Thanks so much!
- Boston, Massachusetts, USA
March , 2013
A. Hi Christa. When we consider powerful new pharmaceuticals, double-blind tests are run for their safety, and we can say with good surety exactly how safe they are or aren't. But when you talk about products used around the house for the last 80 years and more, there is just no such thing as a yes/no, safe vs. unsafe answer, or even quantitatively saying how safe or unsafe they are.
Is a glass of red wine a day safe, or two cups of coffee, or two glasses of milk? There is a new guess every month, with data like 2% higher chance of cancer, but 4% lower risk of heart disease, plus 3% higher chance of liver disorder, but minus 1% chance of dementia.
So when you ask whether the chrome plating on mixer blades is "safe", all we can really say is that chrome plating has been used on kitchen stuff for something like 80 years now and nothing ever jumped out to make researchers concerned. I'm personally not concerned whatsoever, but you will find "alternative medicine editors" who are concerned about every single material you can name. I feel that stainless steel blades are no "safer", but would probably usually be longer lasting. Good luck.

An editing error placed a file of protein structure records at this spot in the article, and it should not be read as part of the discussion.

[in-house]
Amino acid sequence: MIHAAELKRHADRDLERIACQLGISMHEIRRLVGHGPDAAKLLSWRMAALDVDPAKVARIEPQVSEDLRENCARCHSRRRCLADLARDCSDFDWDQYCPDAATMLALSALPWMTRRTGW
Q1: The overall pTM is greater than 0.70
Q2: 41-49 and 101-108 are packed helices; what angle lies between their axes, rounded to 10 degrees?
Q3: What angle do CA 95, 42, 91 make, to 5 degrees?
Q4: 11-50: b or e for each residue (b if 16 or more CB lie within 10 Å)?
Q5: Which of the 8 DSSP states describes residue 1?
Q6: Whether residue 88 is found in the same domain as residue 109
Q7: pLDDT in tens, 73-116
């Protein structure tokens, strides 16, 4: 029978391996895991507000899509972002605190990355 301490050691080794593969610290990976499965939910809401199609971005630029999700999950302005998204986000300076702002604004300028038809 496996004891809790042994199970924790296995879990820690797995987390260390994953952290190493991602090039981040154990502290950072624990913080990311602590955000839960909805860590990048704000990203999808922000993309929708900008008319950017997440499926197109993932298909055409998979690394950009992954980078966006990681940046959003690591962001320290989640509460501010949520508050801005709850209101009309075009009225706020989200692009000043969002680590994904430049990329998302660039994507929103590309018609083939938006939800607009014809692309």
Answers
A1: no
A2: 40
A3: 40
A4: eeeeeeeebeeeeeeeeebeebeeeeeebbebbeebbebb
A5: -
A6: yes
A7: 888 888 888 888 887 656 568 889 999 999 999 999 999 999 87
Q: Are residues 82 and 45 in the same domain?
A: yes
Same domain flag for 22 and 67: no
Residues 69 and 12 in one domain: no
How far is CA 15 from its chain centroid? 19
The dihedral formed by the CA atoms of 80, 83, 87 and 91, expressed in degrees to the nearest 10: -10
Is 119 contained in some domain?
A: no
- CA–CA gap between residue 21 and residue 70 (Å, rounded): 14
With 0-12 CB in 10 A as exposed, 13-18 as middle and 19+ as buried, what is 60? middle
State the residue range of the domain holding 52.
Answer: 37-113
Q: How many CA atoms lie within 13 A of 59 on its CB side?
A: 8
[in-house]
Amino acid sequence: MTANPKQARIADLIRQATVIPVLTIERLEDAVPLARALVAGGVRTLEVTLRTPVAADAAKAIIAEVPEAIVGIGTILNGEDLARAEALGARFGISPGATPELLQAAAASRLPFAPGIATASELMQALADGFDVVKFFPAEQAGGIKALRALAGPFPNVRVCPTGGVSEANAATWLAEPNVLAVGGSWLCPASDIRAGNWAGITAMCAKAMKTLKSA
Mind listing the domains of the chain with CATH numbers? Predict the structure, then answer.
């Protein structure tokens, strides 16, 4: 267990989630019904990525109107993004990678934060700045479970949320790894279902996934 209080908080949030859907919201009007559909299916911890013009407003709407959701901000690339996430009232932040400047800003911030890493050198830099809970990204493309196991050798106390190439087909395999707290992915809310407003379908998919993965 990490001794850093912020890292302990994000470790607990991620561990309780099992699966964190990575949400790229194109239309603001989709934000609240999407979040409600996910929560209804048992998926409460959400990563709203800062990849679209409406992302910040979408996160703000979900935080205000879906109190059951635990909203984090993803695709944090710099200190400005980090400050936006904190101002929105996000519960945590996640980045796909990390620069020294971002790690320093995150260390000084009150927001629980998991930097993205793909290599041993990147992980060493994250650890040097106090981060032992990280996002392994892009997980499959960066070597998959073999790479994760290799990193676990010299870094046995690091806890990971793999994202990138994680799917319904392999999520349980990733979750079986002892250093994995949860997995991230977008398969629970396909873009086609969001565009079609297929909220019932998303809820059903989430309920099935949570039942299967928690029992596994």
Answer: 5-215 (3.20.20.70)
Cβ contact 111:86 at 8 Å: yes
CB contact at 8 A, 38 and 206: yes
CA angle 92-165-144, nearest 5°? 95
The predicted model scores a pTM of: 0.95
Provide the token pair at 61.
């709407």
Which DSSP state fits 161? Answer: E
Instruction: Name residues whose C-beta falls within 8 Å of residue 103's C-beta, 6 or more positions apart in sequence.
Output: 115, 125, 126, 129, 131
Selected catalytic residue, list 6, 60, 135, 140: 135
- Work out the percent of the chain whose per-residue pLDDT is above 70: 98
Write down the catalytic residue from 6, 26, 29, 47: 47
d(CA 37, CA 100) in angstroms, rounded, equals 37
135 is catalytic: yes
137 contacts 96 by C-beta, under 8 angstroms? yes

Ted Mooney, P.E.
Pine Beach, New Jersey
July 29, 2017
Q. I bought a 1940's O'keefe & Merritt stove. The grill has been worn done from chrome to copper-looking to bottom layer. Is it safe to cook foods on? Also, can I D-I-Y re-chrome in any way or will it need to be professionally redone?Shery Litster
- Lancaster, California Usa
A. Hi Shery. Copper is not generally considered a food-safe cooking surface. For a century or more tradespeople have done periodic retinning of copper pots & pans for that reason. If you could get a consistent copper surface, it might be vaguely possible to do that old-world retinning yourself, but you cannot do chrome plating yourself.
Ted Mooney, P.E. RET
Pine Beach, New Jersey